One decision doesn’t make a career, but an alarm should have sounded when Chief Justice Roberts joined Antonin Scalia and Clarence Thomas in overriding the will of Oregon voters and attempting to overrule Oregon’s Death With Dignity law. Although the Court’s current majority sustained the law, this was the first major split decision of the Roberts court. And by contradicting all his fine-sounding phrases about Federalist principles (much as the five justices did in Bush v. Gore) Roberts made clear that his
political beliefs will guide his interpretations. If there are doubts about his agenda, and where his loyalties lie, I’d suggest that this should bury them.
Many of us believed this would happen when we urged a no vote on Roberts. But he was well-spoken and pedigreed, praised moderation at every turn, and evaded the hard questions. The Democrats never mounted a serious challenge. Now the Senate faces Alito, who has left a far more unambiguous trail supporting centralization of executive power, incursions of government into private life, and the right of corporations to avoid oversight and regulation. After hearings that illuminated nothing except his ability to play dodge ball, he’s likely to receive considerably more negative votes. But for the moment, the Democrats are still hesitant to filibuster.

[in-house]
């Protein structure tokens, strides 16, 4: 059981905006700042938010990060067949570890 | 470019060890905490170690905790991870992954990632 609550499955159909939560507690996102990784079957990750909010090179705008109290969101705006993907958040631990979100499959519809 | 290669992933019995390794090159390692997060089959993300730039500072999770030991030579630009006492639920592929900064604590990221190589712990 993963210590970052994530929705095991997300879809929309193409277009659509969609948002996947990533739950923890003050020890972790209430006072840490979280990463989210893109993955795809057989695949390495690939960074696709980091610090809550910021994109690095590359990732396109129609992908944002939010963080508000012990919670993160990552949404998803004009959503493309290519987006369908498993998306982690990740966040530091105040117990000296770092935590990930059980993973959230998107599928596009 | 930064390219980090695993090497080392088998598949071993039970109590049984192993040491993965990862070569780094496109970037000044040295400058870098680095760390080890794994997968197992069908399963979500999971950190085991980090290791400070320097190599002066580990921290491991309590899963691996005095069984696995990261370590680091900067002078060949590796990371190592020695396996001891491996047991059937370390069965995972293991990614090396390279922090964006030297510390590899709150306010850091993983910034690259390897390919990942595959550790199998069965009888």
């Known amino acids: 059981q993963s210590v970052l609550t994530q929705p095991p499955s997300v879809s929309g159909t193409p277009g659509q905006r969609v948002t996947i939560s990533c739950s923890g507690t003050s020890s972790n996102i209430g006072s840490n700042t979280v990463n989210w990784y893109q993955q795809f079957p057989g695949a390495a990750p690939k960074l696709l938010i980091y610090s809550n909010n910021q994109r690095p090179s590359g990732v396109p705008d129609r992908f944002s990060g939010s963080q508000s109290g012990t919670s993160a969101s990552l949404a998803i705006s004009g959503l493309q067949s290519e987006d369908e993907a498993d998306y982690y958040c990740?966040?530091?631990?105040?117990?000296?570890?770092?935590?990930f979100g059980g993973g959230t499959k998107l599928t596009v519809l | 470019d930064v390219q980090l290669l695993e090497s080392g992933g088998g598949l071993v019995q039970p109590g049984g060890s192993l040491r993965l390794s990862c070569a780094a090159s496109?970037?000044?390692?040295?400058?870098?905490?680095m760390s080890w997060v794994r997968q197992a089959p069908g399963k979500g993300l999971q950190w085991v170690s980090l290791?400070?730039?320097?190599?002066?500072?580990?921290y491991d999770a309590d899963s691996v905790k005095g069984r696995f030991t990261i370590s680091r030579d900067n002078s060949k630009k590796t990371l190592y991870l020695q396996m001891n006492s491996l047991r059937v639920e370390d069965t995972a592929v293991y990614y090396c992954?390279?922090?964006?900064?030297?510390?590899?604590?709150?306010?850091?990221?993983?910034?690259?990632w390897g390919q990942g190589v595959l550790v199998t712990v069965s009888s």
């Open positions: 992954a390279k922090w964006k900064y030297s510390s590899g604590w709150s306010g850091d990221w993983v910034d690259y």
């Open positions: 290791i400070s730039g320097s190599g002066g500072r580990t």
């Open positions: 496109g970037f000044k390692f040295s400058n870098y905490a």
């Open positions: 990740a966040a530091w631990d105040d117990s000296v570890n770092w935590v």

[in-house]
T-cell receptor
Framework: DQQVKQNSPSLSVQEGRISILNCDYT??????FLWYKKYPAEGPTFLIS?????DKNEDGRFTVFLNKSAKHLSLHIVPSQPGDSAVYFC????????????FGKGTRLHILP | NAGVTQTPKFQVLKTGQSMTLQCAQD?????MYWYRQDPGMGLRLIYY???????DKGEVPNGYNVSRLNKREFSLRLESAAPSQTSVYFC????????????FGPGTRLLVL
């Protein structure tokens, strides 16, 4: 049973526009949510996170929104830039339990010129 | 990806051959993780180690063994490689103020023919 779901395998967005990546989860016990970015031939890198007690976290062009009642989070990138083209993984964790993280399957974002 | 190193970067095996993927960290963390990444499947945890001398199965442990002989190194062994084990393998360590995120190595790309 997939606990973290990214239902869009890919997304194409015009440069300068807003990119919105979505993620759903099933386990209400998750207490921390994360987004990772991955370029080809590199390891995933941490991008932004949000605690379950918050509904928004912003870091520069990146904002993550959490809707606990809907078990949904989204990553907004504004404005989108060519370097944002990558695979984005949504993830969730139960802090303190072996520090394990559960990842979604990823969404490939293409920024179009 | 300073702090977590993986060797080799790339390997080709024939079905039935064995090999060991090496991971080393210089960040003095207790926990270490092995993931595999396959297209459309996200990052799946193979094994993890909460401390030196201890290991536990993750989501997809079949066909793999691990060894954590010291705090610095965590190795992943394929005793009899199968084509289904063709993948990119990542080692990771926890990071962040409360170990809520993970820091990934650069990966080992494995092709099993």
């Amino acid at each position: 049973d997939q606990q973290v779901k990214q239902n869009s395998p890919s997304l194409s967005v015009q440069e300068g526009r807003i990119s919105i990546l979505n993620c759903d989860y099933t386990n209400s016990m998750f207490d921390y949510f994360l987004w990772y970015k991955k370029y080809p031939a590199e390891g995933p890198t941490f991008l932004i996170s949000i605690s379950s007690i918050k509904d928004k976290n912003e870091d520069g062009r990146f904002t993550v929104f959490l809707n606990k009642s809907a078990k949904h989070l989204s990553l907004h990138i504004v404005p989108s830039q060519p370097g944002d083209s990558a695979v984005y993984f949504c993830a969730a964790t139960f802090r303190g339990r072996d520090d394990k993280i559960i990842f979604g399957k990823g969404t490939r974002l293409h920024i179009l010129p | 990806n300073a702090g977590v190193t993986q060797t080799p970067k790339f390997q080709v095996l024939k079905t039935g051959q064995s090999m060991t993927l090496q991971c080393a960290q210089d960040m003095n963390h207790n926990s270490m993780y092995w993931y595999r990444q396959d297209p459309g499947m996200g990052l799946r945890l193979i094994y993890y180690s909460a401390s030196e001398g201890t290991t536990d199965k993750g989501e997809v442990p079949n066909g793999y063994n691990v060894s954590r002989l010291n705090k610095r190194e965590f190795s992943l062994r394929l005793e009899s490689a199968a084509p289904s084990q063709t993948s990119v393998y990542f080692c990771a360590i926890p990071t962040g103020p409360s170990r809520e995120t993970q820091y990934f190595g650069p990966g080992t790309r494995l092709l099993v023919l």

The Oregon decision should remind them of the stakes. It should remind any Republicans who’d remotely lay claim to the attribute of “moderate.” It should give an incentive to challenge the nomination with every tool available, including the filibuster-particularly in a time when Bush has squandered his political standing through his own evasions, incompetencies, and lies. Just as valuable New Deal programs like the National Recovery Administration and Agricultural Adjustment Act were struck down by a court that was the legacy of Presidents Hoover, Taft, and Harding (some of whose justices also opposed progressive taxation, the minimum wage and any attempts at corporate regulation), the confirmation of Alito and Roberts could cast a shadow over American politics for the next thirty years.
As the Oregon opinion reminds us, the threat of Alito’s nomination isn’t abstract. It’s a clear and present danger that can only be stopped by our Senators finding the courage to challenge an administration that respects only power. That means using the filibuster to talk about the assaults by this administration and their judicial surrogates on our democracy and on our ability to address our most urgent common problems. If not now, then when?